That said, Bledsoe isn't entirely without options. He could work to negotiate a shorter deal that would limit the Suns' financial outlay while allowing him to hit free agency again in a couple of summers, like LeBron James and Lance Stephenson have this offseason. And if he can't come to terms with the Suns, he could sign his qualifying offer, play the 2014-15 season for $3,726,966, and hit the market next summer as a completely unrestricted free agent.

Such options — including that dicey last one — would represent Bledsoe taking something of a loss in his first crack at a lucrative post-rookie contract, and would sacrifice the prospect of long-term financial stability, which you'd think might matter to someone who has had two meniscus surgeries since coming into the pros. But they'd also represent Bledsoe and his representatives gambling that he's only going to get better and put up bigger numbers with more opportunities in the Suns' go-go offense — even after the addition of fellow restricted free agent point man Isaiah Thomas — and put himself in position to lock up that full max deal as soon as he hits the market unrestricted. As ESPN.com's Ramona Shelburne wrote last winter in a great feature on Bledsoe, "In Bledsoe's mind, it is never wrong to bet on himself."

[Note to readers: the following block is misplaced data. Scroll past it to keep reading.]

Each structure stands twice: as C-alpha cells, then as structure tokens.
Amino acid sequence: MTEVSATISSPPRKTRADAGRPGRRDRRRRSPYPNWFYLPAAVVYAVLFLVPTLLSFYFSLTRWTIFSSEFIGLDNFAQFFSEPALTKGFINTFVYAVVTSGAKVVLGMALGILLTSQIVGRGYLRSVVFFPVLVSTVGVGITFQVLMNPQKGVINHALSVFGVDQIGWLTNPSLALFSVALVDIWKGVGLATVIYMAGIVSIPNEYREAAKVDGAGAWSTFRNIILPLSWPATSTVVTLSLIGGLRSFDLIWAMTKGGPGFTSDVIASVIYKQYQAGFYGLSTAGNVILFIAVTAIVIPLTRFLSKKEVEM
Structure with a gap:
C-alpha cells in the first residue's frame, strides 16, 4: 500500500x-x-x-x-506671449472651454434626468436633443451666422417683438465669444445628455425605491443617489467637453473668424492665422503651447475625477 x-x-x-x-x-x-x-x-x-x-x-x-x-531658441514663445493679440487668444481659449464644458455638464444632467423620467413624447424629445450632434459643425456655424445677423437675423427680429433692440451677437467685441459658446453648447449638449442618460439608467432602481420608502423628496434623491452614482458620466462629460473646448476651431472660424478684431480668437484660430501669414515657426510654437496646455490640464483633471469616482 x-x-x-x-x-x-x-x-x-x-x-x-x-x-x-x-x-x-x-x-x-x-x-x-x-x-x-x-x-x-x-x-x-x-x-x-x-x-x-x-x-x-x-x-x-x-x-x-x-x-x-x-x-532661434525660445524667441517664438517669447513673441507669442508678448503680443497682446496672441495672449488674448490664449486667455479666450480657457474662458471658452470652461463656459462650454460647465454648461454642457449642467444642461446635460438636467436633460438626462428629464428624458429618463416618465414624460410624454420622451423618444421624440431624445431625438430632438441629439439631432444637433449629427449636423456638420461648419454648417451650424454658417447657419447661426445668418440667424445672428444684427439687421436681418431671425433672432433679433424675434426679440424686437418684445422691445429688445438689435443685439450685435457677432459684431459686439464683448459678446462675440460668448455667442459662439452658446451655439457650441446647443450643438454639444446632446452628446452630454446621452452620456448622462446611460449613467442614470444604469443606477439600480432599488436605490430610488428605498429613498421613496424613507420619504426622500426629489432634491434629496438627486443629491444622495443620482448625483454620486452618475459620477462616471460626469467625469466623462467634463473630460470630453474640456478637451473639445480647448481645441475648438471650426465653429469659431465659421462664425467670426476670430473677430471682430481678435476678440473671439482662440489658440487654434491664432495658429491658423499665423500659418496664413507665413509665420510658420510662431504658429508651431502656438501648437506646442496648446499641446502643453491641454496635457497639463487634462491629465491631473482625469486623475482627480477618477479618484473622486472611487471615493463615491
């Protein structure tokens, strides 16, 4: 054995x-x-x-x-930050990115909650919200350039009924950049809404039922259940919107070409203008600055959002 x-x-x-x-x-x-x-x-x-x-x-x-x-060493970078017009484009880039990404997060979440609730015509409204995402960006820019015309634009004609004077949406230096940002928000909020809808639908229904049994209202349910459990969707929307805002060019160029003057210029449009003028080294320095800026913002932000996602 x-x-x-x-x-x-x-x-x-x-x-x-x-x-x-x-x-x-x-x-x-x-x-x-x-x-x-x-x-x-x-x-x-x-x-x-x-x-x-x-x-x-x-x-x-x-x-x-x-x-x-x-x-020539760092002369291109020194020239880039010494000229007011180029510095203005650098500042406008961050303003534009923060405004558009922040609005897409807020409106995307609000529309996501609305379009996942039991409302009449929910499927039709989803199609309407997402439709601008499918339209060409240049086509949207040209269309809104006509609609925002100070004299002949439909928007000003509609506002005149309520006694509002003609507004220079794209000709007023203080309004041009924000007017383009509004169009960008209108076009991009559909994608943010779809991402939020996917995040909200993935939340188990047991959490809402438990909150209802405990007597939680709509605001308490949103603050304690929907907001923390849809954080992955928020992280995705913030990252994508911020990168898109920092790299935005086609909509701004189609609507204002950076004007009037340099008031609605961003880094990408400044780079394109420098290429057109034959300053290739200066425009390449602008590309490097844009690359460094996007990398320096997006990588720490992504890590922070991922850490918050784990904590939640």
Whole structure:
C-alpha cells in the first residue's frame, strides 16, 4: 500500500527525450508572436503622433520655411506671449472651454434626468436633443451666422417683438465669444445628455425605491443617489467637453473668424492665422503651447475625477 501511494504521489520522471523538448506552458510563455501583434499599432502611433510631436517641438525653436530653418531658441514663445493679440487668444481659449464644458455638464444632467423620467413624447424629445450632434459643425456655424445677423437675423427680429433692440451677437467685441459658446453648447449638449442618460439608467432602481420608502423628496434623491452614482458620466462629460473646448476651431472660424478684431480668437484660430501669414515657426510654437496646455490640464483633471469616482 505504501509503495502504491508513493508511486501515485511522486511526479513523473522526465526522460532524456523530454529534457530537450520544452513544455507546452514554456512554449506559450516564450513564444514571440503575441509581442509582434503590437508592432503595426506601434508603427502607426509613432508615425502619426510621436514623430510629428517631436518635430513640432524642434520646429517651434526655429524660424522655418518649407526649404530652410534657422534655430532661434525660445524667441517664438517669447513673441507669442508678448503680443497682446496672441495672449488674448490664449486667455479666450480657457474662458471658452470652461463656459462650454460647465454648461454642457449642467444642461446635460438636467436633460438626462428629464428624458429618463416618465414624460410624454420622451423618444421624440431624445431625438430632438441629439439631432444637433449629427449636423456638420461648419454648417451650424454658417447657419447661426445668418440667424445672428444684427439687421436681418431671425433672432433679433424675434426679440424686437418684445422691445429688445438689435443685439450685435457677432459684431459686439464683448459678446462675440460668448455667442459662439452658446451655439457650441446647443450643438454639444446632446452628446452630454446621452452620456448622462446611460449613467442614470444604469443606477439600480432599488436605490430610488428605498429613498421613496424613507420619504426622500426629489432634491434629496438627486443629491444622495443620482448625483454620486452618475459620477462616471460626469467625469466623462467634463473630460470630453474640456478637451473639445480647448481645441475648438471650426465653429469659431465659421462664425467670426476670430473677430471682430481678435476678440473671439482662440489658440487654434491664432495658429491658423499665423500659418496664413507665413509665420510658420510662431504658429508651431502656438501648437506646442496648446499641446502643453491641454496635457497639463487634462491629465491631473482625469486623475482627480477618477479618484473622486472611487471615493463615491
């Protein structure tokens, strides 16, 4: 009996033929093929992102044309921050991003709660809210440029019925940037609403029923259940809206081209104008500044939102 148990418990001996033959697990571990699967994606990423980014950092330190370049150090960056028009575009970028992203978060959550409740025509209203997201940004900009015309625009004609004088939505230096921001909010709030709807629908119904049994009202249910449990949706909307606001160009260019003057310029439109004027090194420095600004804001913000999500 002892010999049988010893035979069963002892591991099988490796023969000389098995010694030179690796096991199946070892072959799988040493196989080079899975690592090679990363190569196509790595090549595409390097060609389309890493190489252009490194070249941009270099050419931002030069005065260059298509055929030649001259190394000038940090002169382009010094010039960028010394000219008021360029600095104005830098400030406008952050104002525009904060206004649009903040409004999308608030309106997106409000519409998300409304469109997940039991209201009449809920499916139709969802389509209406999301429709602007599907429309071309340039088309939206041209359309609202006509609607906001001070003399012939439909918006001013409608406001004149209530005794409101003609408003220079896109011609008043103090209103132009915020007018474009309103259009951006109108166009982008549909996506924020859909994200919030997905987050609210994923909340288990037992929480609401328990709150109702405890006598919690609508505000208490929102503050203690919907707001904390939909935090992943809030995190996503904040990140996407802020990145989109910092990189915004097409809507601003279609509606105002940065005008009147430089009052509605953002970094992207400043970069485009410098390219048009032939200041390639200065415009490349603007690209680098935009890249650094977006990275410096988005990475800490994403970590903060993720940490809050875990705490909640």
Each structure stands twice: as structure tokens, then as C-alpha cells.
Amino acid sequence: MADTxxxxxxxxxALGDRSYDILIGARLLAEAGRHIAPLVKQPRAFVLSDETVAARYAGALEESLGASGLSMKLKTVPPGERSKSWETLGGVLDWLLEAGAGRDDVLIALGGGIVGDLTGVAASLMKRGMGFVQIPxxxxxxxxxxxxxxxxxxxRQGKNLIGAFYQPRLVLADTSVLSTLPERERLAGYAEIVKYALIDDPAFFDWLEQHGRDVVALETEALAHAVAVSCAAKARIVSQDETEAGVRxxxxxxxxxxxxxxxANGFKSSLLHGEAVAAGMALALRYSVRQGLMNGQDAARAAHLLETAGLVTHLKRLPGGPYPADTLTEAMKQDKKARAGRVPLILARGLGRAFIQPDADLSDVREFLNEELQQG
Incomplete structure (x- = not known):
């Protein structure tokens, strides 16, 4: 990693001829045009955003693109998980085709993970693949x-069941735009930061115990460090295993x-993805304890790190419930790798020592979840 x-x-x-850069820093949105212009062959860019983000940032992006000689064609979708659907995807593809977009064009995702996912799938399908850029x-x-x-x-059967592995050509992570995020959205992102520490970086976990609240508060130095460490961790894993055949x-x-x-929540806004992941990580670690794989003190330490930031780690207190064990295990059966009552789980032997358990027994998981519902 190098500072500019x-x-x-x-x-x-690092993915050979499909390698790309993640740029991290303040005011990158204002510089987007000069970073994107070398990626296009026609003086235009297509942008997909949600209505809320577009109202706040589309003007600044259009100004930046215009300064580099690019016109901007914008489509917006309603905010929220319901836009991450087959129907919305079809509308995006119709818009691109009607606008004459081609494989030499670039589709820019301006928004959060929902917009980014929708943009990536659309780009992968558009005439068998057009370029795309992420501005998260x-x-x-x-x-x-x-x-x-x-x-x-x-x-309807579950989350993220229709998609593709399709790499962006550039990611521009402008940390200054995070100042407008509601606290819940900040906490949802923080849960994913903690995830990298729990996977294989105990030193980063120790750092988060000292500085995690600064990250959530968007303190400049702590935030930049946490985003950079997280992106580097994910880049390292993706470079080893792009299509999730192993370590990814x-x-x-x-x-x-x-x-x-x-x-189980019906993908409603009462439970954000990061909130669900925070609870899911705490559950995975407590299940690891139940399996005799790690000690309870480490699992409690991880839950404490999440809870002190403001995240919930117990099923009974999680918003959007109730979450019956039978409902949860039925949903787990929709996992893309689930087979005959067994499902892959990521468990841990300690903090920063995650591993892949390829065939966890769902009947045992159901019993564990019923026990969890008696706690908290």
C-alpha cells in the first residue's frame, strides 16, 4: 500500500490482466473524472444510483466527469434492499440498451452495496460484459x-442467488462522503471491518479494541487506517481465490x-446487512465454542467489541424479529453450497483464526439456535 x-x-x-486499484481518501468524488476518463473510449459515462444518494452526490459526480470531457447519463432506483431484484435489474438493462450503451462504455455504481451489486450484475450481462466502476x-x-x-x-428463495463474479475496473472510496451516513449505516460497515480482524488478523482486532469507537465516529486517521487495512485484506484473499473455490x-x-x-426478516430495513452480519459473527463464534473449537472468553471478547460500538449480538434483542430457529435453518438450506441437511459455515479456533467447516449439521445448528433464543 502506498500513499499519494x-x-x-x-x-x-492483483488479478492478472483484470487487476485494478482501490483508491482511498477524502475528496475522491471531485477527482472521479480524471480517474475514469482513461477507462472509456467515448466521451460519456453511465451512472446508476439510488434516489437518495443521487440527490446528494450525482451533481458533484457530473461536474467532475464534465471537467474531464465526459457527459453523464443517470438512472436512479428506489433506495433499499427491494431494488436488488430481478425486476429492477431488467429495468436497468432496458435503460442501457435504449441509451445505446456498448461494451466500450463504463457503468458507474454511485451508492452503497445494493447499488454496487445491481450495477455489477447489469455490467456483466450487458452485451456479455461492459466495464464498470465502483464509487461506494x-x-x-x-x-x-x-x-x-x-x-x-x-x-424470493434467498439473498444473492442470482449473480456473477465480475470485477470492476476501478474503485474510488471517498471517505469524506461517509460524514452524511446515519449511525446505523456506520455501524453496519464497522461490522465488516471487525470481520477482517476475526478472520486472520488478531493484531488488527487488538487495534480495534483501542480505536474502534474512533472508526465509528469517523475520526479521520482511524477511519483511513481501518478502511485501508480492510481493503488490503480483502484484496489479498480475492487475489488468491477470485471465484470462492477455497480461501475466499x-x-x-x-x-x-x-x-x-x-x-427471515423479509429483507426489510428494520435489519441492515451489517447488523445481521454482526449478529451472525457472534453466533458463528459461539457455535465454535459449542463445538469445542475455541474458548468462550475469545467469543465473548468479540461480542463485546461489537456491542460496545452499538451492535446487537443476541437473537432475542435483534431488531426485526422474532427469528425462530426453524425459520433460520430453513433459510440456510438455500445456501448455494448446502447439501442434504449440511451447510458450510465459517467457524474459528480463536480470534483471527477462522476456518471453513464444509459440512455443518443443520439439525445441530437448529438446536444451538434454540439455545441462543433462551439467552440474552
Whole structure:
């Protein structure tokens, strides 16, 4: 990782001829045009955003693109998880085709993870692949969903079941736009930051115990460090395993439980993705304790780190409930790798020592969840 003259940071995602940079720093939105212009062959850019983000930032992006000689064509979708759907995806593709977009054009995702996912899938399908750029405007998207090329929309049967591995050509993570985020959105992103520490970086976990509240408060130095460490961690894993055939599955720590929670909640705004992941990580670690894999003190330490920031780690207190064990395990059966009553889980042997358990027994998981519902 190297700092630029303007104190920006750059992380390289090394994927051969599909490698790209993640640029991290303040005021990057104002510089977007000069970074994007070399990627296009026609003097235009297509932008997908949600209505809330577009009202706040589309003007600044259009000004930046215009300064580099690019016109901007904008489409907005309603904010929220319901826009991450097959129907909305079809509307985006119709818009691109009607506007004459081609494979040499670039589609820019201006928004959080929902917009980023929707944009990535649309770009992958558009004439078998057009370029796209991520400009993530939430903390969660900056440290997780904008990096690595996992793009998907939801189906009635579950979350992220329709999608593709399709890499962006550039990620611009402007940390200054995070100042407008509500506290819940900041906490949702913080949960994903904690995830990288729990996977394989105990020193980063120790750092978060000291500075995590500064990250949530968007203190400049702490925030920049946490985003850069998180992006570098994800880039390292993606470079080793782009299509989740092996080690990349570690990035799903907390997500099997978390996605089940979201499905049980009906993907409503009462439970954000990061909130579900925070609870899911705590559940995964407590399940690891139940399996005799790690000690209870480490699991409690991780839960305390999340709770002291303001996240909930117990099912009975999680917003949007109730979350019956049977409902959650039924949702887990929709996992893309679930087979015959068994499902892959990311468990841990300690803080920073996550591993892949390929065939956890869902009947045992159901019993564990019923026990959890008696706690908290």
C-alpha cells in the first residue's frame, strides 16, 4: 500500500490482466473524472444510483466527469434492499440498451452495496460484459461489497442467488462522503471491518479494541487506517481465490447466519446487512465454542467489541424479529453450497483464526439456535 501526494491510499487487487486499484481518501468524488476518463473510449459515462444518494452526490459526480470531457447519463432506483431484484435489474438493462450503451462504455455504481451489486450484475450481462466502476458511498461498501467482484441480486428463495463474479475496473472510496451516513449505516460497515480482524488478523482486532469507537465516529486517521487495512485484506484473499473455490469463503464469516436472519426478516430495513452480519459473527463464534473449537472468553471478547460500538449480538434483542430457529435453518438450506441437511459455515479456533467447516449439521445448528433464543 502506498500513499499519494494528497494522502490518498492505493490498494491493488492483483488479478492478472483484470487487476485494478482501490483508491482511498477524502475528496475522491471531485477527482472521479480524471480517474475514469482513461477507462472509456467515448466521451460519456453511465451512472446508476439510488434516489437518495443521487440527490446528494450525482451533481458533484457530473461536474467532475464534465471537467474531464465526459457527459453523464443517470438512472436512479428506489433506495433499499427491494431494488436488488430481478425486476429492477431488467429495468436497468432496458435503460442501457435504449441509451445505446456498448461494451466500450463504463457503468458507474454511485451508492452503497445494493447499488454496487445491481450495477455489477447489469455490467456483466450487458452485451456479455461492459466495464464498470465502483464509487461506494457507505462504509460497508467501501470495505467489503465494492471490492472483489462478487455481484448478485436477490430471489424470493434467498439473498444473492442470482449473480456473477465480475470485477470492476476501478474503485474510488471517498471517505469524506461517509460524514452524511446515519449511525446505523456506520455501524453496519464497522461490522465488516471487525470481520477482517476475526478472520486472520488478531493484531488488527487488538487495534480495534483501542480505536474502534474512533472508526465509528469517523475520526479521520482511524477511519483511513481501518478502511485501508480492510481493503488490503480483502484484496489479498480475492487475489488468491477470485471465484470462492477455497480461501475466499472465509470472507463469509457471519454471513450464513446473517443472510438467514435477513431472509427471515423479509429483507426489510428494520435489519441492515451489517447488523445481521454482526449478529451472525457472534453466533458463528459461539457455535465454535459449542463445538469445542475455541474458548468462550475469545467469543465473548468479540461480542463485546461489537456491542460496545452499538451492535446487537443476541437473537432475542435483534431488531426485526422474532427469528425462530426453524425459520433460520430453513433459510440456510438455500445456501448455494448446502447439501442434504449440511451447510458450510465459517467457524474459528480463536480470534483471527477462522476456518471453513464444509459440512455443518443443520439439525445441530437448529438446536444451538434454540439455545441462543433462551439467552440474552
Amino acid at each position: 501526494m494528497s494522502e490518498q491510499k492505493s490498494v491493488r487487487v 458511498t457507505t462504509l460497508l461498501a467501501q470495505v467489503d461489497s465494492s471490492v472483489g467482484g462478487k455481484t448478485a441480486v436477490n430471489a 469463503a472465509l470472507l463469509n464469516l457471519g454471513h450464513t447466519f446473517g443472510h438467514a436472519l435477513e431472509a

We might soon learn just how much he's willing to wager in his first crack at big-time dollars. In the meantime, the Suns still hold just about all the cards, including the "right of first refusal" trump, and Bledsoe can't do much besides stew at the rules of this particular high-stakes game.

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Dan Devine is an editor for Ball Don't Lie on Yahoo Sports. Have a tip? Email him at devine@yahoo-inc.com or follow him on Twitter!